My old hunting and fishing partner of 20 years ago, the late John Banovich, enjoyed fishing at Georgetown Lake with a couple of his old cronies. He would talk about catching big rainbow trout, theorizing that they were from a stocking of Kamloops rainbow trout, or “Kamaloops,” as he’d call them.
I don’t know if those rainbows he caught were actually from the Kamloops strain or not, and it’s a good question as to whether even a fisheries biologist could identify the strains of trout after the fish had been in a lake for a couple seasons.
In any event, Kamloops, British Columbia, is renowned for the large trout that live in some 100 lakes in that south central region of British Columbia.
Those large trout in the Kamloops area are also the topic of a new book, Trout School, Lessons from a Fly-Fishing Master, by Mark Hume, a Vancouver B.C. outdoor writer and journalist. It’s published in Canada by Greystone Books.
The book tells the story of Morris “Mo” Bradley, a now-elderly gentleman, who grew up in a coal mining region of central England, where, not too long ago, boys were expected to go to work in the coal mines as early as age 9 or 10. Mo went into the mines when he was 15 and worked underground for ten years. Through a lucky encounter, he got a job in a local auto body shop and quickly demonstrated a talent for the work.
Throughout his younger years, he learned to fish for the rough fish of England, and gained a reputation among fellow anglers for his angling skill. Still, trout were just a dream. “All the trout water was owned by his lordship,” he’d recall, though he also confesses that he was an accomplished poacher.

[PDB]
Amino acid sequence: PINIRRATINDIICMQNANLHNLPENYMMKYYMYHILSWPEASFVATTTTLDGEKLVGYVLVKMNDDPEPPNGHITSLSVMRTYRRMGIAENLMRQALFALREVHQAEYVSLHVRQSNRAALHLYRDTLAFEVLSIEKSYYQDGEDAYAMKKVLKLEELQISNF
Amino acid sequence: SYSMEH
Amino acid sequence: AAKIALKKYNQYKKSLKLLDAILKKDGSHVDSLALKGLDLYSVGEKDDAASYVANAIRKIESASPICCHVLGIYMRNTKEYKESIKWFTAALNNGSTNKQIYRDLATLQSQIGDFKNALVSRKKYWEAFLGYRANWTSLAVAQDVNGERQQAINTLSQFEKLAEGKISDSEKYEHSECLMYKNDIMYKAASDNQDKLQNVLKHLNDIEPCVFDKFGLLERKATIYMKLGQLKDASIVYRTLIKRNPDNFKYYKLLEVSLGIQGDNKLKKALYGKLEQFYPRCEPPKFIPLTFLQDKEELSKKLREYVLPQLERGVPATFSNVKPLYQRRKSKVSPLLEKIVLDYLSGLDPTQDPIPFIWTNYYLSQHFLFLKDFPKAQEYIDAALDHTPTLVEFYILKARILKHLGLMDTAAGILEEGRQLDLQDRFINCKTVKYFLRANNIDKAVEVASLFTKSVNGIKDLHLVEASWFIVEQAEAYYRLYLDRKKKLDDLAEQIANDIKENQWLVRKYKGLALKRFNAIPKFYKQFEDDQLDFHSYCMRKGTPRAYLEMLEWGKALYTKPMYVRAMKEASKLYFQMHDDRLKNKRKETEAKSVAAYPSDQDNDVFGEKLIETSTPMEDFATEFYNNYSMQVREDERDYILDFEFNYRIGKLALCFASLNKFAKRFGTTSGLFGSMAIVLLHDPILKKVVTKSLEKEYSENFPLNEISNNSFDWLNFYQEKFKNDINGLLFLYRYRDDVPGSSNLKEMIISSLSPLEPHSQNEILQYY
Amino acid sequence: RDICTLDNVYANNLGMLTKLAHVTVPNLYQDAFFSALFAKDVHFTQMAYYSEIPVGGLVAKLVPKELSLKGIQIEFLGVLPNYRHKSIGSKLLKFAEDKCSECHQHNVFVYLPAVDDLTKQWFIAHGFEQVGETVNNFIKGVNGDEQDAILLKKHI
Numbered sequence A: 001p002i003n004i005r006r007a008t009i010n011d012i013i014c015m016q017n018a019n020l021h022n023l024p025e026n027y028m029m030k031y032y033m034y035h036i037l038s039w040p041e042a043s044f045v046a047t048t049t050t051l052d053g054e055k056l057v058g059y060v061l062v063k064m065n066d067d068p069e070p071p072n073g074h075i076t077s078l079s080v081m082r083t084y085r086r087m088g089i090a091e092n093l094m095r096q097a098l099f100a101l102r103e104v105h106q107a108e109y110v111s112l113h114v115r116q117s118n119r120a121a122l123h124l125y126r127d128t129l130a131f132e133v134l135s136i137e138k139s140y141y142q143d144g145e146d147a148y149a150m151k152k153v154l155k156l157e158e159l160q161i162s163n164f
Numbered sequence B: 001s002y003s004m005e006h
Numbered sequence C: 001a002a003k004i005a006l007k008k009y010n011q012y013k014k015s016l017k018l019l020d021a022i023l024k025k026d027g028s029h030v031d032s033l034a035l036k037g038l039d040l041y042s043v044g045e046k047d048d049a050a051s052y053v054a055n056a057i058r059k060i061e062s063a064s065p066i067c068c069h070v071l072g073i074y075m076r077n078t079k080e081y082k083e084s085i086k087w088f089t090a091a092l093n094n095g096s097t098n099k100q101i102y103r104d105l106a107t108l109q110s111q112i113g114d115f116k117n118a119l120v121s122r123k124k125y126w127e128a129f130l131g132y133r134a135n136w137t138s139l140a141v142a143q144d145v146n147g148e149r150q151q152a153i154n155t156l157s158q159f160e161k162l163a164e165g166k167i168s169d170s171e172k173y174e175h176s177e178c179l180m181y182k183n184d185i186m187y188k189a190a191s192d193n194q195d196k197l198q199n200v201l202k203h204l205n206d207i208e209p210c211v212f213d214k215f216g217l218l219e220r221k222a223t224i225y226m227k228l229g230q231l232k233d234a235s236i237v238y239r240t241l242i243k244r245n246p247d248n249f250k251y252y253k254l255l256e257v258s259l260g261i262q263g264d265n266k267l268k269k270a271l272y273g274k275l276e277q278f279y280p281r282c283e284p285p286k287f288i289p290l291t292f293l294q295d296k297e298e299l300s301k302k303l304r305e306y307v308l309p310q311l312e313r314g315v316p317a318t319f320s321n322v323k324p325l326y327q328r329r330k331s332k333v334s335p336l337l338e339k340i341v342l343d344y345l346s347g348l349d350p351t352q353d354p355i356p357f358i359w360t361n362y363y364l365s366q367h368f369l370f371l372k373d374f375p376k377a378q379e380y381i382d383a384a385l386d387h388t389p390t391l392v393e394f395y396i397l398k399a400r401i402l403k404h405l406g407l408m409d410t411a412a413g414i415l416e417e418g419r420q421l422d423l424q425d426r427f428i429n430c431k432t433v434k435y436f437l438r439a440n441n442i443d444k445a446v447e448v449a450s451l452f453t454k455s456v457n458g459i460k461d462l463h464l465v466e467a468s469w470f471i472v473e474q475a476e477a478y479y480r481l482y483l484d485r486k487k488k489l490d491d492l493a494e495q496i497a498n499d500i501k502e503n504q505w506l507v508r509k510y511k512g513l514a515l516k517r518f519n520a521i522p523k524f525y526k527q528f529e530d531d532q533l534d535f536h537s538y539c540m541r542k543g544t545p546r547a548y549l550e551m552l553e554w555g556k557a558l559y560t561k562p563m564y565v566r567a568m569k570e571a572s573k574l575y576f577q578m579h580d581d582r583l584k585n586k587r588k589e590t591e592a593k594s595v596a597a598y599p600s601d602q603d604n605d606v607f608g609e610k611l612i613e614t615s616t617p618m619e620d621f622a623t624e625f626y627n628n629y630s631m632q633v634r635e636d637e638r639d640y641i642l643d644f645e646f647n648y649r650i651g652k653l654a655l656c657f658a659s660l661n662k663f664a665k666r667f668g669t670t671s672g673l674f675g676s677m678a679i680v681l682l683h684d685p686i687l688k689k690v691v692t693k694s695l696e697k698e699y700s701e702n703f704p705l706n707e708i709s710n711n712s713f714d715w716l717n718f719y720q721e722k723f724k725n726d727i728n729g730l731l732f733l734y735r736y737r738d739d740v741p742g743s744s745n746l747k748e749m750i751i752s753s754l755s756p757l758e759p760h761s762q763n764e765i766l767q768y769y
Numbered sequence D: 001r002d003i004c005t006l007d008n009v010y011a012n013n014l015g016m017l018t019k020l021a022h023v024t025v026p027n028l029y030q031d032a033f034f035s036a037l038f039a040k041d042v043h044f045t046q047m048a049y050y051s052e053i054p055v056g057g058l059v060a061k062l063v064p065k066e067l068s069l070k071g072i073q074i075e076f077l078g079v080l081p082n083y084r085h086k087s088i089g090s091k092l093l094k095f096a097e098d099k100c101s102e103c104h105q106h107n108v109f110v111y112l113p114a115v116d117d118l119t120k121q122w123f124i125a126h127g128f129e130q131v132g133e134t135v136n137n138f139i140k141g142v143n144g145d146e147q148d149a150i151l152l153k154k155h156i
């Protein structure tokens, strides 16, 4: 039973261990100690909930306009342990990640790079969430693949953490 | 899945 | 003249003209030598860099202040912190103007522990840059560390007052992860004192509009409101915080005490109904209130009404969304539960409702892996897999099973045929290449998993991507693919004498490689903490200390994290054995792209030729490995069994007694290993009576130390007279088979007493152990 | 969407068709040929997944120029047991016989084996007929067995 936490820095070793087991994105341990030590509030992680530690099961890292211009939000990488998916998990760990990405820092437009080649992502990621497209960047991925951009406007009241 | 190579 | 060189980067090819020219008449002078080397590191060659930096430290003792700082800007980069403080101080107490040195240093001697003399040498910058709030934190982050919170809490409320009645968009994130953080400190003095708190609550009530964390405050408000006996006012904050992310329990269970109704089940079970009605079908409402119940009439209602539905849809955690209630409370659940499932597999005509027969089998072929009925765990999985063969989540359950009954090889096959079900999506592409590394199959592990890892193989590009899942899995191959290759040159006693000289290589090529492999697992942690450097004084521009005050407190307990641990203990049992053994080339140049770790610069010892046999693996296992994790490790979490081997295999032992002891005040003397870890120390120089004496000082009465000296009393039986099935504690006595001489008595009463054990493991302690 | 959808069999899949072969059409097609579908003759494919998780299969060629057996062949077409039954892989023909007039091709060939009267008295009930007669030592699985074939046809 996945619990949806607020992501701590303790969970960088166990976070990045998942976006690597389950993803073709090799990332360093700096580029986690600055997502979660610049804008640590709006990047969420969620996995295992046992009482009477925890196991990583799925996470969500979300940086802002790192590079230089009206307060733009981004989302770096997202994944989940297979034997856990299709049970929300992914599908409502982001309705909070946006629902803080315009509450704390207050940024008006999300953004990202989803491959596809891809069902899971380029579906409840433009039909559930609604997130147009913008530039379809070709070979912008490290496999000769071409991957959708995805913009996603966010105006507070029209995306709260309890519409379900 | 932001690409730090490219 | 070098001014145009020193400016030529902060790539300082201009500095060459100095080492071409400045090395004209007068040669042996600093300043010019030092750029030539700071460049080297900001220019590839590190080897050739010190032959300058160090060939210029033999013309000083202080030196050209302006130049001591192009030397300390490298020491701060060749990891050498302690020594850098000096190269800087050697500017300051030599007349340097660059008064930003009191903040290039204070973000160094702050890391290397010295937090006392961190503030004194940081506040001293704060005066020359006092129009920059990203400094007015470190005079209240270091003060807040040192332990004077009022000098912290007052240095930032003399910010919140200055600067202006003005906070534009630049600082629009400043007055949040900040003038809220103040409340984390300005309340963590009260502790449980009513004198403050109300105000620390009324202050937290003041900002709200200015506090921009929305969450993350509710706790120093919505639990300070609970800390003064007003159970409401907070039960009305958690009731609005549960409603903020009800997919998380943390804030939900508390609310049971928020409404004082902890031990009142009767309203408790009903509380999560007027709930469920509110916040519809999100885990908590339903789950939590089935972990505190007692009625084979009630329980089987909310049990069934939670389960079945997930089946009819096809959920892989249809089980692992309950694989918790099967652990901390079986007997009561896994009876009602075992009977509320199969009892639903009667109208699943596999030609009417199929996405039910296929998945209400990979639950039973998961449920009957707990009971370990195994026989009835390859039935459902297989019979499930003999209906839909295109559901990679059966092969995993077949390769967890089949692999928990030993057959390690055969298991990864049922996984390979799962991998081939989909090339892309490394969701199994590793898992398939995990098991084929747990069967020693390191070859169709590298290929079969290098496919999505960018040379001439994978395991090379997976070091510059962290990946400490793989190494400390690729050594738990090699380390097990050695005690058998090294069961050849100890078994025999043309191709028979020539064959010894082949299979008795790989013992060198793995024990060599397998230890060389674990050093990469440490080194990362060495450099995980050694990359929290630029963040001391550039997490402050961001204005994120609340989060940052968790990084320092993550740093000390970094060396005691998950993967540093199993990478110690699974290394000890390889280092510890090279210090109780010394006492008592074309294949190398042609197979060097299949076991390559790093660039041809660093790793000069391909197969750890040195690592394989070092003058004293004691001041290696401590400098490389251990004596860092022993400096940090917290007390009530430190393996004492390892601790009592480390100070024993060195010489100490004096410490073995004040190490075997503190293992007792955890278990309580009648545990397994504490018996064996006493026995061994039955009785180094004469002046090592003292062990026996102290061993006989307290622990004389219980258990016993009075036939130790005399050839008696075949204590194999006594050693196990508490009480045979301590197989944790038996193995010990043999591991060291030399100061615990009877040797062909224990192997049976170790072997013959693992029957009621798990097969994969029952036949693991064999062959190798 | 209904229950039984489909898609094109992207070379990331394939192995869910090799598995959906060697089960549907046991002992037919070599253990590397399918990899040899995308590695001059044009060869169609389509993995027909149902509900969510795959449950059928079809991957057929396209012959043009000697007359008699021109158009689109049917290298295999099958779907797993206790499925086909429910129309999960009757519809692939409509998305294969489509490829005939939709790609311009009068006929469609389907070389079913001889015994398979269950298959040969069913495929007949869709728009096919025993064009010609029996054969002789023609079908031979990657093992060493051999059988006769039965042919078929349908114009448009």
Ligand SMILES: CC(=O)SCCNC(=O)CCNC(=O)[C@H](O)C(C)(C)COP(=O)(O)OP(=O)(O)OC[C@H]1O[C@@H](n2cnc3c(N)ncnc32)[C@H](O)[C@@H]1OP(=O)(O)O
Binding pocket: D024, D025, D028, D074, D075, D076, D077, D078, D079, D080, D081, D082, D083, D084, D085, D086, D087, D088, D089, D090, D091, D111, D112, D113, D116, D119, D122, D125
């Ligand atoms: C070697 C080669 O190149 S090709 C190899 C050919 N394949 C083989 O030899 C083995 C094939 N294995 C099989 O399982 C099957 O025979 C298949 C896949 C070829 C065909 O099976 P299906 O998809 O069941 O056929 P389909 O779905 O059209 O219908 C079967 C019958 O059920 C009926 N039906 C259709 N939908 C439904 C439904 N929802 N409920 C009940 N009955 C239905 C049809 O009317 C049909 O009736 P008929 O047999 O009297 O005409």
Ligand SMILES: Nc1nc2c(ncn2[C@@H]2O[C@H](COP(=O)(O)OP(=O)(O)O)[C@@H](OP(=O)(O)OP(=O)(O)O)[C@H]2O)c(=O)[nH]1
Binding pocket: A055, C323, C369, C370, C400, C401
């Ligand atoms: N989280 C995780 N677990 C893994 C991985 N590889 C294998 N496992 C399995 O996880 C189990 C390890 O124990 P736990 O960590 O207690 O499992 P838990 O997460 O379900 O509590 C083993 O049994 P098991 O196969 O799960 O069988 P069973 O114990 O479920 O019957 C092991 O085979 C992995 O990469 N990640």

In 1965, when he was 28, he read a magazine article about the big trout in Kamloops B.C., and he went home and told his young wife, “We’re going to Canada,” and initiated the process to immigrate to Canada, where anybody could fish for big, beautiful trout, not just the wealthy.
In the mid 1960s, Kamloops was a cattle town with a population of around 10,000 people, though it has had dramatic growth since then, and is now a city of over 90,000. Mo quickly got hired at a local body shop and then got connected with the local fly-fishing community, and soon started studying the area lakes and their big trout. He started doing some guiding, sharing some of the techniques he developed from studying the aquatic insects in the lakes.
I have to confess that when I started reading the book, I was somewhat disappointed in that there wasn’t anything to learn about fishing trout streams and rivers, which is my main angling passion. Then it hit me; this book would have everything to do with fishing Georgetown Lake, or the Clark Canyon reservoir.
The book has a lot of information about fly-fishing for trout in lakes, with the aquatic insects that fish feed on, especially chironomids, along with lake-based mayflies, caddis and other insects. It includes illustrations of specialized flies that Mo Bradley uses or developed, and instructions for tying the flies.
The author, Mark Hume, along with his family, were good friends of Mo, and in a foreword, the author’s daughter, Claire Hume, recalled frequent phone calls with Mo booming out, “Get up here!” when a hatch was starting.
Mo is now in his 80s, and in recent years he has lost much of his eyesight, so his fishing is now quite limited. Still, he can still tie flies, and with the help of friends, he still is able to occasionally go fishing.
As for those Kamloops trout, there’s a sidebar in the book describing the Kamloops trout as “so distinct in its appearance and behavior, it was once considered a separate species,” though scientists later decided it was a local variant of the rainbow trout family.
This book tells you how to catch them. If you like fly-fishing for trout on lakes, this book is for you.